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State passes district elections for council seats
Wednesday, 02 August 2017 13:00

From Staff Reports


The North Carolina General Assembly on June 29 passed Senate Bill 285, an act requiring Asheville City Council members to be elected by district.

Because the bill was strictly local, no gubernatorial signature was required. The new districts will apply to the 2019 election, provided the city fails to win any legal challenges. The idea was largely supported by Republican and business interests that feel the population of South Asheville is underrepresented.It was not the motivation, but it was added later.

As an afterthought, advocates pointed out districts could also help minorities be elected to council, but that depended on where the lines would be drawn.Districting is typically advocated by minority parties, using geography to increase partisan representation.

All members of Asheville City Council are currently Democrats.

The bill, sponsored by Sen. Chuck Edward, R-Henderson, won support from Rep. Brian Turner, D-Buncombe, when Edwards agreed to support having an independent commission draw the district lines. The commission would have seven members appointed by council, with no more than three belonging to the same political party. The bill directs council to divide the city into six districts and change its charter to reflect the election of candidates to council from the districts and by the districts. The mayor will continue to be elected at-large.

If council fails to comply before Nov. 1, the General Assembly will create the districts during the 2018 legislative session. Turner said he believed the commission would advance redistricting reform in the state. Traditionally, the majority party has been able to use their powers to draw representatives and candidates from the minority party out of their strongest constituencies and sometimes double-bunk them. This, in turn, leads to uncertainties with legal challenges, calls for special elections, and holds thereon. Turner was “for it before he was against it” because Rep. David Lewis, R-Harnett, later amended the bill to give Asheville’s council the option of drawing the lines itself.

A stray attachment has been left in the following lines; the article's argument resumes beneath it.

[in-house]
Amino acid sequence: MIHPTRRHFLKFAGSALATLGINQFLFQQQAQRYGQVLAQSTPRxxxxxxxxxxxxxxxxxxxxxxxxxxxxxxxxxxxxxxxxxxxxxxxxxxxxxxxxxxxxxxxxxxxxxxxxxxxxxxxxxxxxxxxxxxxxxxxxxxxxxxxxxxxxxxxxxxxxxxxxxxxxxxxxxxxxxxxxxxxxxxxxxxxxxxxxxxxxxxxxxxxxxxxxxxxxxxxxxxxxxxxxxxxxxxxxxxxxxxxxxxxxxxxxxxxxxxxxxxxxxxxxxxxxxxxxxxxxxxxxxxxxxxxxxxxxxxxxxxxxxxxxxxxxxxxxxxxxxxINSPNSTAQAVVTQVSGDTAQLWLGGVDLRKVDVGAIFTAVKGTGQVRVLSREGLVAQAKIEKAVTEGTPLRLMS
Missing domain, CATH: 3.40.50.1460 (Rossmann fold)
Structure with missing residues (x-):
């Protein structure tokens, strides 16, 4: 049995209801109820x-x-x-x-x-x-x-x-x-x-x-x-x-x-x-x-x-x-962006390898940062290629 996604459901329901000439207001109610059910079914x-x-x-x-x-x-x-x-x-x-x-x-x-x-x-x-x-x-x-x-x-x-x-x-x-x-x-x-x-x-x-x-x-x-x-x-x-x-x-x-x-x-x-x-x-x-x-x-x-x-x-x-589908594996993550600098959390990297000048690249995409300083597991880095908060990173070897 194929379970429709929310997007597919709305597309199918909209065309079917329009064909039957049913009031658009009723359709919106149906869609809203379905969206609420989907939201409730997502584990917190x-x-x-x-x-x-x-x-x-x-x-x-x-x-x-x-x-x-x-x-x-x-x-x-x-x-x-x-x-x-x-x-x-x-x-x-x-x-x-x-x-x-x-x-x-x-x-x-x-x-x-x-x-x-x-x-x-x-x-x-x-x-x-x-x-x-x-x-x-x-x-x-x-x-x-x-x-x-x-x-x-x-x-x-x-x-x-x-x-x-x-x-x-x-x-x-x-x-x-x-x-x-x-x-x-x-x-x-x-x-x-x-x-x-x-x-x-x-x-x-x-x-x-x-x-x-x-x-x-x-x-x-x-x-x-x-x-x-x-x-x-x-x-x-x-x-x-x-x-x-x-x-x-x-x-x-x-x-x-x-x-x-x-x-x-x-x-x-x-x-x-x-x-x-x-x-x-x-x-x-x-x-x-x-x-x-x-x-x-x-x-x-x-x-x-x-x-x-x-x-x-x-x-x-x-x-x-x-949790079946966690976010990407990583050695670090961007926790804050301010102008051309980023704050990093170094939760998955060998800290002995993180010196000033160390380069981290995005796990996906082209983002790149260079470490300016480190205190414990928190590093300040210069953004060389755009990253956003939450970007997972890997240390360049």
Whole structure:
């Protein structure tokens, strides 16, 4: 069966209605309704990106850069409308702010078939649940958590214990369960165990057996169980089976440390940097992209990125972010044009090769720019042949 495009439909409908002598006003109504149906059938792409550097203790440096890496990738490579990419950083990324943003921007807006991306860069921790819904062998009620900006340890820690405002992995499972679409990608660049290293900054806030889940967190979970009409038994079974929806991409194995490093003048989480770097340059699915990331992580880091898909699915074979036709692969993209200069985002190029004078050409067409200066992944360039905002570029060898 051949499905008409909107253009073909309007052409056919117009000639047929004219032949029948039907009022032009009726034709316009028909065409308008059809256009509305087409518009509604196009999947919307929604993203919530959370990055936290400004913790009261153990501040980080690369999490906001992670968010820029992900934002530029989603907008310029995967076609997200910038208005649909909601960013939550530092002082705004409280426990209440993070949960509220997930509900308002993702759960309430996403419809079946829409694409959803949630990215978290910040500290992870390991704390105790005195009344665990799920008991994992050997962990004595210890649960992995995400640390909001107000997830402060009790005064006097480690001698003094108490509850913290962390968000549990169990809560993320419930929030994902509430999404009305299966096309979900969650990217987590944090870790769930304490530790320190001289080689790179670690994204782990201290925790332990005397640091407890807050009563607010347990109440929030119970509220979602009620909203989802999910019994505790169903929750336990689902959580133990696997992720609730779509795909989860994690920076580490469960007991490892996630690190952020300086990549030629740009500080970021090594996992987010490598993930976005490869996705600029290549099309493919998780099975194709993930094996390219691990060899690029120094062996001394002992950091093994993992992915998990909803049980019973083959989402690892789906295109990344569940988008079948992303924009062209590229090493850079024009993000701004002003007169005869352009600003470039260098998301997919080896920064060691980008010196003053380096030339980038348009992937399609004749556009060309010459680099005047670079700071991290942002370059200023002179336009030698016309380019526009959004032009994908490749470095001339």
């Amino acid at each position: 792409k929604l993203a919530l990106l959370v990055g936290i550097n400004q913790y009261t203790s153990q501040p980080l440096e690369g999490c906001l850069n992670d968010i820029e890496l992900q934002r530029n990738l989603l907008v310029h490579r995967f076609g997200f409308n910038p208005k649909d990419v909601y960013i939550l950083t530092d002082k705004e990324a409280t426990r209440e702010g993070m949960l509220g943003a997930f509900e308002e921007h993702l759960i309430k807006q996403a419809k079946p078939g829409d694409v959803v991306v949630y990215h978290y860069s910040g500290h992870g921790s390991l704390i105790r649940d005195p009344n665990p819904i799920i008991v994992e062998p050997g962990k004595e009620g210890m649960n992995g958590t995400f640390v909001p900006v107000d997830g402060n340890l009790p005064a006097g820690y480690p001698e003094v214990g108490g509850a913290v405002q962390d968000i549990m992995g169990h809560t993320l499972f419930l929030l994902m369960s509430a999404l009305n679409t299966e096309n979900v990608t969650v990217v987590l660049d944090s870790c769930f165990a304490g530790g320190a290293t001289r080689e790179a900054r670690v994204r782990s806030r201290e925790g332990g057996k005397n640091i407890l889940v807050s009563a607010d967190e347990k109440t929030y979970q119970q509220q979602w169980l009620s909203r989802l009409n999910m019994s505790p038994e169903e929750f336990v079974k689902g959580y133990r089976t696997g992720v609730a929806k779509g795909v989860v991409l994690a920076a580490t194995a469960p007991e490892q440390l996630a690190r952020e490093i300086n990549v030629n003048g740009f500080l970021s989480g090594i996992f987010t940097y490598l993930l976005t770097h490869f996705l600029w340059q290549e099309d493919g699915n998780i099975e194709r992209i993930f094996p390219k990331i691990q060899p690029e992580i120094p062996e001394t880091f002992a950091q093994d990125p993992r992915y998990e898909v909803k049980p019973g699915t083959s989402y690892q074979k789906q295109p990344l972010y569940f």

Lewis said the change was “largely clarifying” the bill, while Turner described it as “completely undermining” it and setting members of council up for allegations of self-dealing. The House approved the bill with Lewis’ amendment 31-12; the Senate, 63-47. But Mayor Esther Manheimer said the legislation could be challenged as “unconstitutional.”


Uncertain of whether the proposed legislation would be voted into effect, Asheville City Council began what could be described as a campaign against it. Council commissioned a poll, which determined citizens were largely in favor of keeping council elections at-large, while also in favor of holding a referendum to gauge support for district elections.


Now that the bill has been signed into law, council remains intent to continue with the referendum, a peculiar move, since North Carolina is a Dillon’s Rule state in which cities derive all their powers and their very existence from the good graces of the state. Julie Tisdale, city and county policy analyst for the John Locke Foundation, agreed there was probably more to this than meets the eye. The referendum would show public support for the city’s position in a legal battle; but, generally speaking, she said the state has the power to override anything the city does with its charter. City Attorney Robin Currin said she was not going to reveal her legal strategies.

Manheimer did, however, share that, based on certain case law, “We think we’re allowed to do that and let the referendum control.”

 



 


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